Tuesday 21st November 2017
A decision by a North East council could have wider implications for our open spaces.
Last night (Monday November 20th) Newcastle City Council’s Cabinet approved a proposal for innovative plans to set up an independent charitable trust to run the city’s parks and allotments.
The pioneering approach to parks sees Newcastle become the first major metropolitan authority in the UK to establish such a Trust.
The proposal for a Charitable Parks Trust model wasn’t a decision made overnight as the programme undertook three years of planning and one of the Council’s biggest-ever public consultations.
This was in light of Central Government funding cuts resulting in a 91% fall in the parks budget over the last seven years.
To demonstrate its commitment to the future of the city’s parks and allotments, the Council will make a £9.5 million revenue contribution to the Charitable Parks Trust over the first 10 years of its operation.
The council’s Cabinet Member for Culture and Communities, Cllr Kim McGuinness, said:
“This is the first time that a charitable trust has been set up to manage parks and allotments on such a large scale, and I am delighted.”
“Swingeing Government cuts of more than 90 per cent to our parks budgets left us with no option but to look at alternative ways of running our open spaces – spaces that are vital to keeping this city a safe, clean and green environment where people can relax and enjoy their leisure time.”
“We have worked for many months with the National Trust, Social Finance and Heritage Lottery Fund to bring this plan to life and we are proud of what we have achieved so far.”
“Let me assure people that all money raised in the parks will be spent in the parks and their future remains in public ownership for everyone to enjoy. This new and innovative approach will open up our parks and bring back the days when parks were venues for social and community events.”
“Now we must get on and lay the foundations for a 10-year plan that will nurture and develop the Charitable Trust that will guide our parks and allotments for future generations.”
This ground-breaking project is being supported by the Heritage Lottery Fund (HLF) and the National Trust.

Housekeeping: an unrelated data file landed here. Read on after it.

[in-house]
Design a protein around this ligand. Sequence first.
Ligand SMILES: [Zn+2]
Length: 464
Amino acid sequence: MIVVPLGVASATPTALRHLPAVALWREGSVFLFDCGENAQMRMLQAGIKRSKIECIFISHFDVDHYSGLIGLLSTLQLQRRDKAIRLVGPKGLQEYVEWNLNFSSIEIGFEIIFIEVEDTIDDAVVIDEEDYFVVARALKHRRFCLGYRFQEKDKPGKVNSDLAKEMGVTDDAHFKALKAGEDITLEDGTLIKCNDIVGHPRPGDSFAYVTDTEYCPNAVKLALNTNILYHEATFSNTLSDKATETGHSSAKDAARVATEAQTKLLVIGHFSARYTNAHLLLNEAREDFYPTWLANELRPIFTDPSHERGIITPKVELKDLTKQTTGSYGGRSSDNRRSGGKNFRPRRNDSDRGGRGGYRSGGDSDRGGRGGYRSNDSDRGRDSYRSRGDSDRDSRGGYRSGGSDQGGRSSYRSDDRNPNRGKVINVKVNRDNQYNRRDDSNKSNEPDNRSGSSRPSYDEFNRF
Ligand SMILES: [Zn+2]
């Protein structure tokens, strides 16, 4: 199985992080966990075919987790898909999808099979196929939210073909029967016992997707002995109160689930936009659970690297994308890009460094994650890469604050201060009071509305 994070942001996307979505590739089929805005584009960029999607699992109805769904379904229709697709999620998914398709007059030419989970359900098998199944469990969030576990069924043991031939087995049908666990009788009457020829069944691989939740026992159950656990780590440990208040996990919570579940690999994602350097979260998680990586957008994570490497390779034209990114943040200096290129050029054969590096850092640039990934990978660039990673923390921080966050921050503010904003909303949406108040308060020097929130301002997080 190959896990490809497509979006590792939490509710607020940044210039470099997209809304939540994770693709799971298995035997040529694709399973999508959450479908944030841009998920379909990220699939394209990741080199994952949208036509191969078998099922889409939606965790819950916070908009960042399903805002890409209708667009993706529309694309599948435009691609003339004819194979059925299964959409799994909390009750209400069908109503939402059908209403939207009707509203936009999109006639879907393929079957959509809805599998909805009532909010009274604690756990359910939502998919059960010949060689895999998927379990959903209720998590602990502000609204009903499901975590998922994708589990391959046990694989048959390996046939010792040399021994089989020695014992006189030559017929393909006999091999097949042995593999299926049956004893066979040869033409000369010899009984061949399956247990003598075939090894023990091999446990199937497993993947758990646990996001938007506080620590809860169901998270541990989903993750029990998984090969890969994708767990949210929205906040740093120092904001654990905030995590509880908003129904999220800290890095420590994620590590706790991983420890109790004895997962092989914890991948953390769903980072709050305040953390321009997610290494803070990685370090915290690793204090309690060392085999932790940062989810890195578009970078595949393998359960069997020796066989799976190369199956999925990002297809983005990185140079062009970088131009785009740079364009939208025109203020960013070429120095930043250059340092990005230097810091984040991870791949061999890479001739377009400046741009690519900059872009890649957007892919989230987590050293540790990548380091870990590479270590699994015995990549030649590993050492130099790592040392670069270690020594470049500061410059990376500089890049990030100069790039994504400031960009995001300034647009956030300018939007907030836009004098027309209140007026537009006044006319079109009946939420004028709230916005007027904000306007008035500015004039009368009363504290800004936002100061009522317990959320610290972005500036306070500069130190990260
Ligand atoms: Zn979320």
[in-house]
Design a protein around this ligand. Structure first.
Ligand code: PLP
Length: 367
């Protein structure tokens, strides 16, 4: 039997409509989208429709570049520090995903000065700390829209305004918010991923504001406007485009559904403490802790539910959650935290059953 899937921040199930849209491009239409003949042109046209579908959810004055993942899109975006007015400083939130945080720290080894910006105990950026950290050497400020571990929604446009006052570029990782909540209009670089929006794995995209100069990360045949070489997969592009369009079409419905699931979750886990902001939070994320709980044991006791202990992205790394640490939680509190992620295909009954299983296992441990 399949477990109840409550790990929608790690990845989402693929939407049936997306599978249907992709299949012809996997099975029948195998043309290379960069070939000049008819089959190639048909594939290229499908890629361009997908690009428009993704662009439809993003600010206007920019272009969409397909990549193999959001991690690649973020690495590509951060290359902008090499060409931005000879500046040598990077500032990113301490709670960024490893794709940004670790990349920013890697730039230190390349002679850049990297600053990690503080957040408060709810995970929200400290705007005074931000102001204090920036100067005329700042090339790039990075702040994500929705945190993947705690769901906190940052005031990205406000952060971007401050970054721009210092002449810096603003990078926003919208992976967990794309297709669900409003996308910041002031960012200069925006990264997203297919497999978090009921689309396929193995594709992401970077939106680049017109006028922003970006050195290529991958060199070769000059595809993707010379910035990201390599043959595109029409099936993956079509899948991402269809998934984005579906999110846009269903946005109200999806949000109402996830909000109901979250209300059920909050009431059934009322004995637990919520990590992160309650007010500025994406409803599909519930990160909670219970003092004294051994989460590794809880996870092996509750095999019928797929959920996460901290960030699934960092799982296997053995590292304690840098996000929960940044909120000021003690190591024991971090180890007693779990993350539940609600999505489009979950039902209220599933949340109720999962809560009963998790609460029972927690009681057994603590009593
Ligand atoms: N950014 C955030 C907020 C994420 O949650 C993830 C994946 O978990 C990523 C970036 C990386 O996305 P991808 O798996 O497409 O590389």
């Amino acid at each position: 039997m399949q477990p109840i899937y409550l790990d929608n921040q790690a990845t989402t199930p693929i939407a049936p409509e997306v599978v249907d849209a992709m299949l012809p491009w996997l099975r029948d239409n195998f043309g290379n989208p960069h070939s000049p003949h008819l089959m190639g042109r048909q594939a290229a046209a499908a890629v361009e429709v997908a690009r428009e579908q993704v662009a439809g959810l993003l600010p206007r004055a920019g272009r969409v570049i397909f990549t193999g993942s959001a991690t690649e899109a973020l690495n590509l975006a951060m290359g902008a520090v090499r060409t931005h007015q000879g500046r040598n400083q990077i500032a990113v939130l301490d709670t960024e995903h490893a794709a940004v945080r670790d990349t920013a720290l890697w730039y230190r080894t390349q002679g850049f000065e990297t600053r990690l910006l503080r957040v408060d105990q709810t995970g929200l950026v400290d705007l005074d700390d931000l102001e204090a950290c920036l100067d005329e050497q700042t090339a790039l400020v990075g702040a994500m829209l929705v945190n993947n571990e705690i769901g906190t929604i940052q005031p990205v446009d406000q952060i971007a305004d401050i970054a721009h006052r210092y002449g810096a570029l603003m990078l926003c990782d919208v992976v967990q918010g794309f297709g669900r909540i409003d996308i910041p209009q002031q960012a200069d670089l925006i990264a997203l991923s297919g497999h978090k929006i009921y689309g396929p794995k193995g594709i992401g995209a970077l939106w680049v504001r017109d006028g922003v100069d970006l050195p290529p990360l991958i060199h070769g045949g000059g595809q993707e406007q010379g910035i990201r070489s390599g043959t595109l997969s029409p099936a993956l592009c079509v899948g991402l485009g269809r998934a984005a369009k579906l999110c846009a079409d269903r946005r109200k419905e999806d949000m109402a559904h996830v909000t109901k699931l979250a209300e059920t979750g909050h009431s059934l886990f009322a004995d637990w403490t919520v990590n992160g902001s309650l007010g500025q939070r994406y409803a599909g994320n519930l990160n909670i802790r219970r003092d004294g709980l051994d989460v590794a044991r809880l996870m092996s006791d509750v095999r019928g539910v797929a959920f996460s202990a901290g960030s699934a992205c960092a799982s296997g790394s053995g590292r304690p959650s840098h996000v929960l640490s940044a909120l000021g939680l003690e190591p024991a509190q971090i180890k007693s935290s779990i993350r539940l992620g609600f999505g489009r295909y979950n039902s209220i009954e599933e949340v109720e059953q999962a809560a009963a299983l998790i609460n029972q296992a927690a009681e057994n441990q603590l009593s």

Harry Bowell, Director of the North for the National Trust said:
“The National Trust is very supportive of Newcastle City Council’s decision to set up a new independent charity to care for their parks. We believe that setting up a Parks Trust is a great way to secure the public social and health benefits that parks offer for the long term. We will work with the new charity to help it get off to the best possible start and share learning with other local authorities interested in finding sustainable ways to secure the future of their parks and green spaces.”
Drew Bennellick, HLF’s Head of Landscape and Natural Heritage, said:
“Having invested more than £12million of National Lottery player’s money in regenerating some of Newcastle’s most historic public parks, it is of paramount importance that they are secure and well managed so the people of Newcastle can continue to enjoy them in future. Our 2016 State of UK Public Parks research showed that all local authorities are operating in an incredibly challenging financial landscape and so this new approach by Newcastle City Council is an ambitious step which is already providing vital learning for all those charged with managing parks right across the UK.”
The public consultation programme was also supported by Newcastle University’s Open Lab with a specialised online project and community workshops.
For further information about the Future of Newcastle’s Parks please visit www.newcastle.gov.uk/futureofparks – this provided a document underlining all of the parks and green spaces included in the transfer.
What does the new Charitable Parks Trust mean for the immediate future of Newcastle’s Parks? Ten points useful for people to know.
1). The parks will remain free for residents and visitors to use.
2). The changes being made are organisational and will not affect how people enjoy the City’s parks or allotments now, or in the future.
3). The Council will still own the land, and the Charitable Parks Trust will legally protect them and positively transform their contribution to our communities.
4). The Council will set up the new organisation and fund it over a 10 year period until it no longer needs Council support. Investing in a new Trust will enable us to look after the parks over a much longer period, look after them better, and at less cost to the public.
5). A TUPE process will see existing Council parks staff transferred over to the new Charitable Trust.
6). The Parks Trust will have a Communities Group which will enable the community to participate in the Trust’s work, and ensure there is a strong voice from within our communities.
7). The Parks Trust will be able to establish new income streams not available to the Council, using its resources in ways the Council cannot, and recycle income back into the estate, purely for the benefit of the parks and allotments.
8). Next year, the Council will start the process of setting up the Parks Trust by advertising for Trustees (directors) early in 2018 and later in the year, the Chief Executive. The aim is to have the Board of Trustees and Chief Executive in place by September 2018 and aim to transfer the parks at the end of 2018 or early 2019.
9). When the process starts in setting up the Parks Trust and the preparation for transfer, the Council will contact businesses and occupiers within the parks to explain the transfer process. There are no immediate changes, and on transfer, existing arrangements will transfer as they are.
10). Residents, allotment holders, Friends of parks and volunteers will continue to enjoy their activities as they do now. Over time, as the Parks Trust establishes itself people can expect to see new activities in parks. There’s also the opportunity to increase the number of allotments.